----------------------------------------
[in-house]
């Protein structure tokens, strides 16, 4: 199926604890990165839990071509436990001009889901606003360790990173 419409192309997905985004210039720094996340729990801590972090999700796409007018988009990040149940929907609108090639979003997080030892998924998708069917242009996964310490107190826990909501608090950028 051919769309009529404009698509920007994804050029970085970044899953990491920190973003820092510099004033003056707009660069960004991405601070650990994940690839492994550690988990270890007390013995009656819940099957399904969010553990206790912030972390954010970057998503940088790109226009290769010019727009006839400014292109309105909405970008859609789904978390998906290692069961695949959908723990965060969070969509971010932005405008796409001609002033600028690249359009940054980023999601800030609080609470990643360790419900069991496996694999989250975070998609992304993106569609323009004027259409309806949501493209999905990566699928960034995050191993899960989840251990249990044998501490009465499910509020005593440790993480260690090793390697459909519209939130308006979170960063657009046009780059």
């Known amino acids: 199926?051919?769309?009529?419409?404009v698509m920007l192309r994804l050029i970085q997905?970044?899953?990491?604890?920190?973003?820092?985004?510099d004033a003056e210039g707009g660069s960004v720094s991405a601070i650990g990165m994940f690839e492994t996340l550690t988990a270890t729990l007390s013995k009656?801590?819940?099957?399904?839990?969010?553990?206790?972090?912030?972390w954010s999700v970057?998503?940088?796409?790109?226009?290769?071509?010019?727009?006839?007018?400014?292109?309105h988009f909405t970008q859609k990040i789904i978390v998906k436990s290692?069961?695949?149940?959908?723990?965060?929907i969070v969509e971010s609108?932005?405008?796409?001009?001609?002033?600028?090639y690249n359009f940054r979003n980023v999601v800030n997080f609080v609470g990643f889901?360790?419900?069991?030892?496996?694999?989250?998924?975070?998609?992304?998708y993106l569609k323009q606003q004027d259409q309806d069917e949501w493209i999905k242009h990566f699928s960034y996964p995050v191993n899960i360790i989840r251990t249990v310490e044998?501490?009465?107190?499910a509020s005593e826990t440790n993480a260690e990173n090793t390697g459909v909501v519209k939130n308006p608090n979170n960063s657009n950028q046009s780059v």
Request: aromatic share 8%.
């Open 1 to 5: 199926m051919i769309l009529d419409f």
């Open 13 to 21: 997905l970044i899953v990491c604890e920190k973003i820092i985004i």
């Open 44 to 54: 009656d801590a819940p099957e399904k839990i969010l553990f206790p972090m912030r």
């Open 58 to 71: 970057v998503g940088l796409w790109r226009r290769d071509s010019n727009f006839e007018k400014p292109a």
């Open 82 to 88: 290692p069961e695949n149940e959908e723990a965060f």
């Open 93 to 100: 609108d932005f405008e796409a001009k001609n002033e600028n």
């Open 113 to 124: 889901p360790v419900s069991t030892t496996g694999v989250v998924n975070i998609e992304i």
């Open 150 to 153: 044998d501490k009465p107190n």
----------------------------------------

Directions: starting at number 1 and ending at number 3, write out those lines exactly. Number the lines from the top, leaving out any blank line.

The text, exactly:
[in-house]
């Protein structure tokens, strides 16, 4: 199926604890990165839990071509436990001009889901606003360790990173 419409192309997905985004210039720094996340729990801590972090999700796409007018988009990040149940929907609108090639979003997080030892998924998708069917242009996964310490107190826990909501608090950028 051919769309009529404009698509920007994804050029970085970044899953990491920190973003820092510099004033003056707009660069960004991405601070650990994940690839492994550690988990270890007390013995009656819940099957399904969010553990206790912030972390954010970057998503940088790109226009290769010019727009006839400014292109309105909405970008859609789904978390998906290692069961695949959908723990965060969070969509971010932005405008796409001609002033600028690249359009940054980023999601800030609080609470990643360790419900069991496996694999989250975070998609992304993106569609323009004027259409309806949501493209999905990566699928960034995050191993899960989840251990249990044998501490009465499910509020005593440790993480260690090793390697459909519209939130308006979170960063657009046009780059």
């Known amino acids: 199926?051919?769309?009529?419409?404009v698509m920007l192309r994804l050029i970085q997905?970044?899953?990491?604890?920190?973003?820092?985004?510099d004033a003056e210039g707009g660069s960004v720094s991405a601070i650990g990165m994940f690839e492994t996340l550690t988990a270890t729990l007390s013995k009656?801590?819940?099957?399904?839990?969010?553990?206790?972090?912030?972390w954010s999700v970057?998503?940088?796409?790109?226009?290769?071509?010019?727009?006839?007018?400014?292109?309105h988009f909405t970008q859609k990040i789904i978390v998906k436990s290692?069961?695949?149940?959908?723990?965060?929907i969070v969509e971010s609108?932005?405008?796409?001009?001609?002033?600028?090639y690249n359009f940054r979003n980023v999601v800030n997080f609080v609470g990643f889901?360790?419900?069991?030892?496996?694999?989250?998924?975070?998609?992304?998708y993106l569609k323009q606003q004027d259409q309806d069917e949501w493209i999905k242009h990566f699928s960034y996964p995050v191993n899960i360790i989840r251990t249990v310490e044998?501490?009465?107190?499910a509020s005593e826990t440790n993480a260690e990173n090793t390697g459909v909501v519209k939130n308006p608090n979170n960063s657009n950028q046009s780059v």